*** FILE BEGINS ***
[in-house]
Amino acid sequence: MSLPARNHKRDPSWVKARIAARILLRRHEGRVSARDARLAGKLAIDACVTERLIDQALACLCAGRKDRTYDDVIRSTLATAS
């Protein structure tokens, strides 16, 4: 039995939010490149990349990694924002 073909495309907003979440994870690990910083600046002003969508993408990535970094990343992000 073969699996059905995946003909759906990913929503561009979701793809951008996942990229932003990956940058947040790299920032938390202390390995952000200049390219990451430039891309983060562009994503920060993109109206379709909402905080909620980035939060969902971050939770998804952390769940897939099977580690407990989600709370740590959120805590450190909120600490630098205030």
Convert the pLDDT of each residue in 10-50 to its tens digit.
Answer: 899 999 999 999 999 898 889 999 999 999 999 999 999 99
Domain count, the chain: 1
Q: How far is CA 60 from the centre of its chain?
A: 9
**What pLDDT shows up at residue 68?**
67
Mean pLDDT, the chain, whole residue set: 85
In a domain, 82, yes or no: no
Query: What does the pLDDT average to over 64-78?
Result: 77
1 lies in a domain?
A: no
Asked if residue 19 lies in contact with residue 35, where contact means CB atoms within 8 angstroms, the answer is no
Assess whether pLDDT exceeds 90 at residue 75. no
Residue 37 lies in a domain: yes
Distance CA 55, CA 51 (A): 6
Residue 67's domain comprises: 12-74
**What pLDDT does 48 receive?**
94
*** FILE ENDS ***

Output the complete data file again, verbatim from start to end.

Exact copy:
[in-house]
Amino acid sequence: MSLPARNHKRDPSWVKARIAARILLRRHEGRVSARDARLAGKLAIDACVTERLIDQALACLCAGRKDRTYDDVIRSTLATAS
């Protein structure tokens, strides 16, 4: 039995939010490149990349990694924002 073909495309907003979440994870690990910083600046002003969508993408990535970094990343992000 073969699996059905995946003909759906990913929503561009979701793809951008996942990229932003990956940058947040790299920032938390202390390995952000200049390219990451430039891309983060562009994503920060993109109206379709909402905080909620980035939060969902971050939770998804952390769940897939099977580690407990989600709370740590959120805590450190909120600490630098205030």
Convert the pLDDT of each residue in 10-50 to its tens digit.
Answer: 899 999 999 999 999 898 889 999 999 999 999 999 999 99
Domain count, the chain: 1
Q: How far is CA 60 from the centre of its chain?
A: 9
**What pLDDT shows up at residue 68?**
67
Mean pLDDT, the chain, whole residue set: 85
In a domain, 82, yes or no: no
Query: What does the pLDDT average to over 64-78?
Result: 77
1 lies in a domain?
A: no
Asked if residue 19 lies in contact with residue 35, where contact means CB atoms within 8 angstroms, the answer is no
Assess whether pLDDT exceeds 90 at residue 75. no
Residue 37 lies in a domain: yes
Distance CA 55, CA 51 (A): 6
Residue 67's domain comprises: 12-74
**What pLDDT does 48 receive?**
94